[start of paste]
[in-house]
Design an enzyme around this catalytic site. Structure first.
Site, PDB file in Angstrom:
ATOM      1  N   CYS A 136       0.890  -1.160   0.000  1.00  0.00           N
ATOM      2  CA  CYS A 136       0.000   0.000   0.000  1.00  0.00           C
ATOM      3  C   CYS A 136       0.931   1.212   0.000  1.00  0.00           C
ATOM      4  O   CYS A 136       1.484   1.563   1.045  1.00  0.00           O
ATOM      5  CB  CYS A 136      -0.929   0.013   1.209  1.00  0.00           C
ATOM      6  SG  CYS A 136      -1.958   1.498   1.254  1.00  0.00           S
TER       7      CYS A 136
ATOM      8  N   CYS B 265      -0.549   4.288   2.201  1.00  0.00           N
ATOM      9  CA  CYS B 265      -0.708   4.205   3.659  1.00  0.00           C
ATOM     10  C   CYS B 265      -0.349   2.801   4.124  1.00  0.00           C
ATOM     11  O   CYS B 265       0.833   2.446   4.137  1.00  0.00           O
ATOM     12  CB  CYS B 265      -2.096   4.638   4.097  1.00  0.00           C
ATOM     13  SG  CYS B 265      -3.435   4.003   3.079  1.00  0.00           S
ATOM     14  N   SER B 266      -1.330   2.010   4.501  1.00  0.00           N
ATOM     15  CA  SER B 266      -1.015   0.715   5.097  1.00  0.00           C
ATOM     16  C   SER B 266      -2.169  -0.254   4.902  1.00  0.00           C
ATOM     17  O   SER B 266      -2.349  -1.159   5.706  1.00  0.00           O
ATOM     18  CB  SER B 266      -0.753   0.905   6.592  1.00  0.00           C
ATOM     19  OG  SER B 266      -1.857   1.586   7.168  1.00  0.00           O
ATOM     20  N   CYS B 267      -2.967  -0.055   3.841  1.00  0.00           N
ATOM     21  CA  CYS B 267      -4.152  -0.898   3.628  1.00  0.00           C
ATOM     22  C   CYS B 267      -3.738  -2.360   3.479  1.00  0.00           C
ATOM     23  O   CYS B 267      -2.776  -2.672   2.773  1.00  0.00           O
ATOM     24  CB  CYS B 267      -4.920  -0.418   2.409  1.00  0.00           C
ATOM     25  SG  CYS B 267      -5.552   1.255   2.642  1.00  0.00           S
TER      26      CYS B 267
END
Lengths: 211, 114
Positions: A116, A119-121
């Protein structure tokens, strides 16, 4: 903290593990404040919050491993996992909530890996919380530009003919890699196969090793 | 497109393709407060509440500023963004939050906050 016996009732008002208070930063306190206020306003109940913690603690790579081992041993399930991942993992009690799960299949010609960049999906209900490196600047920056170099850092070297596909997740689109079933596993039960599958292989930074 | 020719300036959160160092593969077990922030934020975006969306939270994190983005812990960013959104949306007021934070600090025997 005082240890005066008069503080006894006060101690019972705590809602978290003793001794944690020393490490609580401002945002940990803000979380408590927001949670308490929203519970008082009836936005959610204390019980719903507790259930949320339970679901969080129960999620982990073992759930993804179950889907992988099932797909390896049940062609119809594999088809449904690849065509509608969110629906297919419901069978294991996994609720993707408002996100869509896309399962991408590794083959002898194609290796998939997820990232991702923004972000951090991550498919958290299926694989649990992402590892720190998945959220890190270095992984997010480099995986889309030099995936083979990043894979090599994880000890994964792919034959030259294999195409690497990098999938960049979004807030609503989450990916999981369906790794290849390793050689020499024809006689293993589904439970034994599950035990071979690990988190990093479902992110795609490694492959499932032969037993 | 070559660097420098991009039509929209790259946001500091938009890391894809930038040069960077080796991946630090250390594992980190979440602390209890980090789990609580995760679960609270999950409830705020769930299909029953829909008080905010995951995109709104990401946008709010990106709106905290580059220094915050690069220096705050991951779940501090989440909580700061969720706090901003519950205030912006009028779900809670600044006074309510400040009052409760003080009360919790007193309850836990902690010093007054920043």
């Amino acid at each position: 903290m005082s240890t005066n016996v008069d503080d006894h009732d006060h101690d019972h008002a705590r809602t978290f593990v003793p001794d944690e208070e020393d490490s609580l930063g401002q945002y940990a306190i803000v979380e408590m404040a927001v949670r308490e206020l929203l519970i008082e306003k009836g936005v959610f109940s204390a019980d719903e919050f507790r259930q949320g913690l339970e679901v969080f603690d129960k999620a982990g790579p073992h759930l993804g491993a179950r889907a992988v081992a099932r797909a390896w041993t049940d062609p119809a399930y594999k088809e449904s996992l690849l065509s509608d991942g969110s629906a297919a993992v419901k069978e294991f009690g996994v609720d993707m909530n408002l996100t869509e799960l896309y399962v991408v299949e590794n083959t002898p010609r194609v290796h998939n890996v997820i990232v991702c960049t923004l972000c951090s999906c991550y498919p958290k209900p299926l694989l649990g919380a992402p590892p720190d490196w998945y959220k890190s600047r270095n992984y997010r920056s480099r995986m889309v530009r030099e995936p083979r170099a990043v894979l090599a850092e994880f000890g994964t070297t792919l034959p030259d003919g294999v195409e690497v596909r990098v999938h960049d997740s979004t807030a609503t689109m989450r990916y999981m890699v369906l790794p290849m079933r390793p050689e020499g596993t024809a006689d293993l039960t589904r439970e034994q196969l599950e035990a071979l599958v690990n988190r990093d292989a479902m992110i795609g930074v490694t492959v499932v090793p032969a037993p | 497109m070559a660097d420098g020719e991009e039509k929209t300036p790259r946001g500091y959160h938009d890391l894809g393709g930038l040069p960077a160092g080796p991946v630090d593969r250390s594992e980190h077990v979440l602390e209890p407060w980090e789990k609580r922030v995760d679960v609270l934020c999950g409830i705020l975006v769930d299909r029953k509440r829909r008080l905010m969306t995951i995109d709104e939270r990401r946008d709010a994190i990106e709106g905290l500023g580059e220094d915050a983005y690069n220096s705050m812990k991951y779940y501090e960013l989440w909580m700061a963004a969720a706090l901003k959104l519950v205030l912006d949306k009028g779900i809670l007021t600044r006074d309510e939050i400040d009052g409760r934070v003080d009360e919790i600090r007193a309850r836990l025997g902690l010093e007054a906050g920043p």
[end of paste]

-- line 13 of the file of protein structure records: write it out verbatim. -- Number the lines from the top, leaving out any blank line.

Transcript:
ATOM     10  C   CYS B 265      -0.349   2.801   4.124  1.00  0.00           C